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TRI-COUNTY AREA   ADVERTISEMENT

Ice cream sales sizzle with a hot summer

TRI-COUNTY AREA—Want to do something cool on a hot day? Most people don’t need to be asked twice. Once a dessert reserved for rulers and royalty, record amounts of frozen desserts—soft-serve, hard scoops and gelato, frozen yogurt, sherbet and all the meltingly sweet and delicious ways these can be combined—have been handed across the coolers to area customers this summer. Like their customers, the owners of ice cream emporiums are smiling too.
“We’ve had one of our busiest summers, because of the heat,” says Tiffany Trombley, one of the owners of Seneca Farms Ice Cream on Lake Road in Penn Yan. “We’ve had to make more ice cream than most years.” Mint chocolate chip and peanut butter chip ice creams are often in the churns, and peanut-butter custard is the most popular soft-serve, Trombley reports.
Ice cream shops often develop a fan-base of enthusiastic customers who return regularly. One memorable annual group from New Jersey has a group photo taken with the owners and staff at Seneca Farms. Then, endorsing the old rhyme, “We all scream for ice cream,” Trombley says, “They scream and holler when they get their ice cream dipped in a hard-candy shell.”
At Mr. Twistee’s on Main Street in Dresden, owner Sharon Perrotto notes the ice cream stand serves the carriage trade as well as those who arrive in cars, bicycles and on foot. “We have some regulars who come down with horse and buggy, a lot of local camps even have the kids walk. I wouldn’t want to walk up the steep hill, but anything’s worth the ice cream,” she says.
One day this summer about 70 people on bicycles stopped; another day they had a flock of motorcycles. And then there are the regulars. “We’ve got our die-hards who like the cappuccino, mints, coconut-chocolate-almond, peanut butter caramel, cookie dough, moose tracks,” Perrotto says. “And Dresden has some big lovers of banana splits—every Sunday there’s a big banana split outing.” Once last year, a man asked for a special addition to a sundae and quietly handed a diamond ring through the window.
They’ve also noticed a daily trend for more evening ice-cream customers than middle-of-the-day ones. “But after the sun sets and people get off the water, there’s a heavy traffic flow through the ice cream business,” she says.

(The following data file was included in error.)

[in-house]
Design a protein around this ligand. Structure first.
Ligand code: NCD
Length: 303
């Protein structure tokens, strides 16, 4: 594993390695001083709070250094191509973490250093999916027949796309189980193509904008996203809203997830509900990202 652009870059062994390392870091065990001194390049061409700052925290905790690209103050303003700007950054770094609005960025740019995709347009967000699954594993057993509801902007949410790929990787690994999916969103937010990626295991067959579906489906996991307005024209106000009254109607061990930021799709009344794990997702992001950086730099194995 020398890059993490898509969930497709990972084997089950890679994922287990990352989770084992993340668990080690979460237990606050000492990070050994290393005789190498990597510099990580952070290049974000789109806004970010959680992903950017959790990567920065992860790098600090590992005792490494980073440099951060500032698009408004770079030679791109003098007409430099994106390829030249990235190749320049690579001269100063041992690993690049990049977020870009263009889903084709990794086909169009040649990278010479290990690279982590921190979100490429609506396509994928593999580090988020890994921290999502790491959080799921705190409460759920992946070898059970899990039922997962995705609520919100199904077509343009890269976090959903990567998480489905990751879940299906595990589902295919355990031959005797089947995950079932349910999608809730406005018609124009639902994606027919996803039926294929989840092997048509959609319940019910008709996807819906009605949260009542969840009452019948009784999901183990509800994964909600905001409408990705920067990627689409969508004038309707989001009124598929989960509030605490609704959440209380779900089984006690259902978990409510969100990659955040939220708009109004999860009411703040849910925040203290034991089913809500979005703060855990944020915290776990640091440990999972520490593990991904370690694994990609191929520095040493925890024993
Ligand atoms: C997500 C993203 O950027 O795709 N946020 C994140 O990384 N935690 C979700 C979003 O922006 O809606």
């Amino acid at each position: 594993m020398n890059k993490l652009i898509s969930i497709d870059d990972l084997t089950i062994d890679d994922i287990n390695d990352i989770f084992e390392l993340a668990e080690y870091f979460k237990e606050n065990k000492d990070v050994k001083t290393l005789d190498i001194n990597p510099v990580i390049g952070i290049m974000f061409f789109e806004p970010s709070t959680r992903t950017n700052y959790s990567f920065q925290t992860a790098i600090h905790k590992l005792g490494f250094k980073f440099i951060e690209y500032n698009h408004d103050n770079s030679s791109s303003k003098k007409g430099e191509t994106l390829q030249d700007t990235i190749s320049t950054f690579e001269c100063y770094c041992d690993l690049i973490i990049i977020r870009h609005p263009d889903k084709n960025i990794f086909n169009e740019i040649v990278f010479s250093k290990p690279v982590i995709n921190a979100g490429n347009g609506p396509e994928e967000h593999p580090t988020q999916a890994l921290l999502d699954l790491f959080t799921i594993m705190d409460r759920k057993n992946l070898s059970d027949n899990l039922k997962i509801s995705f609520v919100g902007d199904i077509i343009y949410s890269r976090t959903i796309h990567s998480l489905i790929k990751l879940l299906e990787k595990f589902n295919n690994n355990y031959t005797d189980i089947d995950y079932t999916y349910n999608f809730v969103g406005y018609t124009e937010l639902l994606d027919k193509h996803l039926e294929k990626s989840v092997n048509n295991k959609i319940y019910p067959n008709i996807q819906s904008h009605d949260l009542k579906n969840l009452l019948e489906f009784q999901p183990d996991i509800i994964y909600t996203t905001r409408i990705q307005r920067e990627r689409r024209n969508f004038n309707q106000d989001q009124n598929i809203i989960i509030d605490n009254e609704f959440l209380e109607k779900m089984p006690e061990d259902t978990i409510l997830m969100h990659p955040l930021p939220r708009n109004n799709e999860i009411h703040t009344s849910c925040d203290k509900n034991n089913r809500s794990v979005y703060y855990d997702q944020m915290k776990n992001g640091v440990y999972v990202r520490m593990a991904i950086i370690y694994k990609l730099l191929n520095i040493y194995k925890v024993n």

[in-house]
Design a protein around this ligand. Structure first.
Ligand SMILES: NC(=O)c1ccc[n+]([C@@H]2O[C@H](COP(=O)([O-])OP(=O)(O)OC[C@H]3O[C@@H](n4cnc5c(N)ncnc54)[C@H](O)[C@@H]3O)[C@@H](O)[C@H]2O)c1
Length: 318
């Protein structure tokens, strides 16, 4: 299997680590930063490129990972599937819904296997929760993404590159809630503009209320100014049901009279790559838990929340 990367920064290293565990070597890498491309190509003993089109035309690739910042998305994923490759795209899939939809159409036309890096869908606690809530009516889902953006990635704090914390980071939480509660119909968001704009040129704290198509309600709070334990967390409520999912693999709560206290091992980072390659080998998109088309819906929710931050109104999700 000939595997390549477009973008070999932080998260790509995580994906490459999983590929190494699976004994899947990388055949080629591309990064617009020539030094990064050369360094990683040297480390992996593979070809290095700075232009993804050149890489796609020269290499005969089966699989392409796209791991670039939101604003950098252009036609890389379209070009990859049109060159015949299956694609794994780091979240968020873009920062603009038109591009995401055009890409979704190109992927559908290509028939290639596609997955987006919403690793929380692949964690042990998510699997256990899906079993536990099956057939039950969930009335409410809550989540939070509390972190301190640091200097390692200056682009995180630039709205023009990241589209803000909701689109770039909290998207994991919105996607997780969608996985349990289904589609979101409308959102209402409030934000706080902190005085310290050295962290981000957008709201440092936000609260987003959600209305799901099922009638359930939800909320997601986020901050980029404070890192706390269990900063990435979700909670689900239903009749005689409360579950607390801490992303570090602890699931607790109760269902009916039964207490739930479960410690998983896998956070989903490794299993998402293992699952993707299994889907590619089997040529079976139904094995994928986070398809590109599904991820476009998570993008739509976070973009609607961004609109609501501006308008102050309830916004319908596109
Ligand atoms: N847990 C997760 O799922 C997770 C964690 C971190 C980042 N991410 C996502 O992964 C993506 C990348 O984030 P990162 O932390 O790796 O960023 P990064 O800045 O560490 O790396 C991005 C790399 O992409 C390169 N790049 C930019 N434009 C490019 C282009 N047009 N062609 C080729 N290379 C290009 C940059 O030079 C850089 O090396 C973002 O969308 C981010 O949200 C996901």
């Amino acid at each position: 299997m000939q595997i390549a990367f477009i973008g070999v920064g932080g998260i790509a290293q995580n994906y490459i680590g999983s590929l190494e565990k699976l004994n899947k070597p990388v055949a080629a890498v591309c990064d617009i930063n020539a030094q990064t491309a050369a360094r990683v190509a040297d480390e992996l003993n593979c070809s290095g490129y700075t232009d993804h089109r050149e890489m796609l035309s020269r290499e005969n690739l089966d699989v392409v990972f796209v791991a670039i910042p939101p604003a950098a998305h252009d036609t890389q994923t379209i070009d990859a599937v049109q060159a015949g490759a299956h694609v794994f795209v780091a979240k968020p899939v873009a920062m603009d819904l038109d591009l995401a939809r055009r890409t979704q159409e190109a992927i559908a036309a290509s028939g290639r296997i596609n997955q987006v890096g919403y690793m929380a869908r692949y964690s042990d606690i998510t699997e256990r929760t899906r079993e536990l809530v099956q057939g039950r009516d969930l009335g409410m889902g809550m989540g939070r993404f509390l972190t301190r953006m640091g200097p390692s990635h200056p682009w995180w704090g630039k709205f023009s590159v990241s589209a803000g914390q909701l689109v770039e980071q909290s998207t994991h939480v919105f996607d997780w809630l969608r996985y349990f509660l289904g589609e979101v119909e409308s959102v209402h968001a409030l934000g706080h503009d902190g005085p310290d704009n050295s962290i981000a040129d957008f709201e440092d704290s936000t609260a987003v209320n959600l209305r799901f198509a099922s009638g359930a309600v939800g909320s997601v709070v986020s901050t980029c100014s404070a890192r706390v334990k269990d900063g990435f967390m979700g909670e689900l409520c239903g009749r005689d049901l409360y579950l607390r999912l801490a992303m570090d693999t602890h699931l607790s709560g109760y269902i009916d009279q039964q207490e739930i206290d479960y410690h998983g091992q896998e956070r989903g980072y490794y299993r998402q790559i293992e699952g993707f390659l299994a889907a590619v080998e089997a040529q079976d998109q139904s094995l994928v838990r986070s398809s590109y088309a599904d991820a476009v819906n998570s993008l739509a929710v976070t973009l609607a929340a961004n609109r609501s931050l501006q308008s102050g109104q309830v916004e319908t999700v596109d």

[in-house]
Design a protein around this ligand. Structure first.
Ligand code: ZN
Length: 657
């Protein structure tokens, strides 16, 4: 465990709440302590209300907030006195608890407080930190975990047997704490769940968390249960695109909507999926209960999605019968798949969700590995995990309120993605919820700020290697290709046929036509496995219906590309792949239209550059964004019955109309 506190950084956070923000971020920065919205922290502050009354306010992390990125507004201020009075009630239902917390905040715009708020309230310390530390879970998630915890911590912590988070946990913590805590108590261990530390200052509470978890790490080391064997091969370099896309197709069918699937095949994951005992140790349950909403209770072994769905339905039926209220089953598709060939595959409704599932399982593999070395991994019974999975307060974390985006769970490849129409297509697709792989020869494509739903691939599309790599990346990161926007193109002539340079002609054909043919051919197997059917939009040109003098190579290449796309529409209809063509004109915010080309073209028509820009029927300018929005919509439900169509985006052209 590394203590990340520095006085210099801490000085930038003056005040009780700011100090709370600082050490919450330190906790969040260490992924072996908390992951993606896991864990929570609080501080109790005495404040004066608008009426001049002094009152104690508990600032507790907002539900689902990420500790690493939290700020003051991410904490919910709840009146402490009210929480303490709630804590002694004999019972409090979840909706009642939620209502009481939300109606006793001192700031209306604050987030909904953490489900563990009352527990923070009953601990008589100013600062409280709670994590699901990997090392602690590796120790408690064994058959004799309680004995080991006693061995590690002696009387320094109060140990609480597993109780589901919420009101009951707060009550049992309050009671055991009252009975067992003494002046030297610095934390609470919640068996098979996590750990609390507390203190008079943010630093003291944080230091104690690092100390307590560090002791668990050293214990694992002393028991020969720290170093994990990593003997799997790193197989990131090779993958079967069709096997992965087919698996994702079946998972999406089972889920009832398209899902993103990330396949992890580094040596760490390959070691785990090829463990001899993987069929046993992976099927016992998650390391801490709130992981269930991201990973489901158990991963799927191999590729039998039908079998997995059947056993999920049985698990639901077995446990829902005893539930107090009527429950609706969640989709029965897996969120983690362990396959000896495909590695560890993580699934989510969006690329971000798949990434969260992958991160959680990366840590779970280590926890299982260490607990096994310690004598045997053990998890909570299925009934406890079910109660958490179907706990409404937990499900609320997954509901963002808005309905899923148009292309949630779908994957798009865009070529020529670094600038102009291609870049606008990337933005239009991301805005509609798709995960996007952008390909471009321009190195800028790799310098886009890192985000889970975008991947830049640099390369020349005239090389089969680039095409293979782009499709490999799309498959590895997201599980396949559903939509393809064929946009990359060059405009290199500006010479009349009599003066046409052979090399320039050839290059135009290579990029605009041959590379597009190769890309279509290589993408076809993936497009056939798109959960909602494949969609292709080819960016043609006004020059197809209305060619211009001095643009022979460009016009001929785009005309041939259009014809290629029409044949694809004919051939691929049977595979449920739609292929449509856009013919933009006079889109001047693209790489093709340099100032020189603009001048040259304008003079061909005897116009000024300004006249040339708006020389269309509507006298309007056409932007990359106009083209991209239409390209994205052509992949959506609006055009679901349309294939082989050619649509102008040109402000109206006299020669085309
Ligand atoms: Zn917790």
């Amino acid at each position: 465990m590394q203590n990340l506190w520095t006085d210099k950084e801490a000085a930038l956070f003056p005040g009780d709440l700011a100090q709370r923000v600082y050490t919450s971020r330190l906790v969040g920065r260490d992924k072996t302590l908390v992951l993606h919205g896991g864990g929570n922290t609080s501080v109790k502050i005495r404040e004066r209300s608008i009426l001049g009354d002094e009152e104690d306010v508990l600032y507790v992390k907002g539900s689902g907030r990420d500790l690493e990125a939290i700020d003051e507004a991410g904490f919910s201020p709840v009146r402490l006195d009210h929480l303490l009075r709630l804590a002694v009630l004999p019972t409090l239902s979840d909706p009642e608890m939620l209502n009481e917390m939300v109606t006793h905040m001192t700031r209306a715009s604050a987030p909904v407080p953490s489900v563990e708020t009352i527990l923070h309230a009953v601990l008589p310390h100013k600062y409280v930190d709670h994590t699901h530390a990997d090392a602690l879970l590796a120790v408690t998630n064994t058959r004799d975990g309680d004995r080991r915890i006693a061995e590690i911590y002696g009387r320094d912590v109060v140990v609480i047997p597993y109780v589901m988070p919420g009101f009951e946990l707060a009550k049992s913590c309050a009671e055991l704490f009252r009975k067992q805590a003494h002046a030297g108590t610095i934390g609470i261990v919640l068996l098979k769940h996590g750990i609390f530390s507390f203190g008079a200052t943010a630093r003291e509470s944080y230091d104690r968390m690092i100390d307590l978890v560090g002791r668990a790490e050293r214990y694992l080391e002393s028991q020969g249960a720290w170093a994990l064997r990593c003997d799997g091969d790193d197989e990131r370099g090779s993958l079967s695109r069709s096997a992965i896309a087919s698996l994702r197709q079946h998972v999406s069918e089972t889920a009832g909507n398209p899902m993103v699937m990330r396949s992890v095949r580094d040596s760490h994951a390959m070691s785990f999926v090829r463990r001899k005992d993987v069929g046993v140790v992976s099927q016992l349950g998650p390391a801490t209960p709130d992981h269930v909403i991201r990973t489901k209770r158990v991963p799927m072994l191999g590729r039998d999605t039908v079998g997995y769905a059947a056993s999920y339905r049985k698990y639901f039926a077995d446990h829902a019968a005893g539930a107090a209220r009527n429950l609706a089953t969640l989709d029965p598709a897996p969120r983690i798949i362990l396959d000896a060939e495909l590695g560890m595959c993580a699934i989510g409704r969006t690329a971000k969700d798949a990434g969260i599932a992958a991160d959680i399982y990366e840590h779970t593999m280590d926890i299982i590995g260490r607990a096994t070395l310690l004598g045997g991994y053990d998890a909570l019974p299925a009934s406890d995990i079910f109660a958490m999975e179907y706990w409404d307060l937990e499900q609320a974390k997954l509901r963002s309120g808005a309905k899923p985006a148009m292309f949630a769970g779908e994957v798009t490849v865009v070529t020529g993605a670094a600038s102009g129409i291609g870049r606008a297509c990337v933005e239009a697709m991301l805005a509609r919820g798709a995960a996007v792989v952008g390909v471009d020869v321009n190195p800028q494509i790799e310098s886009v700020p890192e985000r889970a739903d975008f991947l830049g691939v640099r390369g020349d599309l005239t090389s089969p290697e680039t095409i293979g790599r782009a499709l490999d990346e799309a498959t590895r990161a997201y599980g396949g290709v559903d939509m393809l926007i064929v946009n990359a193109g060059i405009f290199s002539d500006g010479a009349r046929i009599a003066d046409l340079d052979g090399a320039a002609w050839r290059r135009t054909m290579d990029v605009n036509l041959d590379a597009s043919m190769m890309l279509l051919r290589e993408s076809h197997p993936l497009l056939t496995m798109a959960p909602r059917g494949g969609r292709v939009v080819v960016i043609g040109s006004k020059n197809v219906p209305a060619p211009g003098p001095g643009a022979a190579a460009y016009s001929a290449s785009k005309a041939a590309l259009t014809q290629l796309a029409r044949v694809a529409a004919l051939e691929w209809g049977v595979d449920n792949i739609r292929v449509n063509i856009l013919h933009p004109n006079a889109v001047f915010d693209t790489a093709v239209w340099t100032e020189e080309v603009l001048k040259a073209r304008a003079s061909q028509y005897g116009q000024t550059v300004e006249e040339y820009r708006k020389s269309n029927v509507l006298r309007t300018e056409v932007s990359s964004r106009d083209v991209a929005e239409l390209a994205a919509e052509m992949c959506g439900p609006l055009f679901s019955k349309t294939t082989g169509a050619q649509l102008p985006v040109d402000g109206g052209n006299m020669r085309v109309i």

“I think some people even come up and have ice cream for dinner rather than turning on their ovens,” adds Barb Perrotto. One of her personal favorites is the “Penn Yan Twist,” orange Italian ice and blue raspberry sherbet. “We do it so people can get ready for going back to school,” she says. “It’s kind of cute watching it go out the window. I’m addicted, and some of my employees are addicted.” Mr. Twistee’s closes the Tuesday after Labor Day, re-opening in April.
At Mac’s Dairy Bar & Mini Golf on Route 14A near Penn Yan, owner Bill Berg says the summer has been “as pretty close to ideal as you can get. Tourism’s been good, Saturdays when the Windmill is open are always good days, but we have a good local base too. They’re the people who keep us in business.”
Berg emphasizes their soft-serve is ice cream, not custard; they also make their own soft-serve sherbet, changing flavors week to week. Mint chocolate chip, peanut butter cup and moose tracks are popular flavors but soft-serve chocolate and vanilla are by far the most popular. “Vanilla is used for sundaes,” Berg explains. “And we have a lot of sundaes you might not get anyplace else.”
His employees are invited to create their own combinations of ice creams and sundaes to share with customers. Some creations made him laugh, declining to name them; others like the “Peanut Butter Grand Slam” and the “Peppermint Patty,” turned out to be popular keepers.
Unlike many seasonal ice cream places, the Crooked Lake Ice Cream Parlor on Shethar Street in Hammondsport is open all year for breakfast and lunch as well as ice cream. John Jensen, one of the owners, says, “We were busy this summer. We had a lot of people, but I’m not sure how the numbers compared to last year.”
Among his customers are tourists attracted to the old-fashioned style who come in for sundaes and floats, as well as locals and summer people who become regulars while they’re at their cottages.
This year, lots of kids went for “Superhero,” a bubble-gum flavored ice cream with a lot of colors; adults favored Rocky Mountain Raspberry, white chocolate with dark chocolate flakes and swirls of raspberry.
Nearby, also on Shethar Street, Robin Locey recently opened Locey’s Landing, a coffee house and restaurant where Seneca Farms ice cream is also served. “I opened right in the middle of crazy season,” she says, laughing. “We ran out of everything the first week—that’s what you do when you’ve just opened and you don’t know what to expect! But it’s been a good thee weeks.”
Jim Cain, owner of Tobe’s Bake Shop on Fourth and Decatur Streets in Watkins Glen, says he’s overjoyed with how well the ice-cream end of his business did this year, even out-selling the donuts.
“Without a doubt,” he says with satisfaction. “This is our third year selling ice cream, our major break year on doing it again. Next year we’ll install another machine.”
Tobe’s location near the park makes the shop popular with concert-goers on Tuesday evenings and when nearby churches sponsor concerts in the park. “Think mint chocolate chip crossed with brownies,” Cain says, explaining his year’s hottest flavor, Grasshopper Pie.
Long range weather forecasts suggest slightly higher than average temperatures through much of September. In other words, the great ice cream weather will continue just a little longer.

 

 

 



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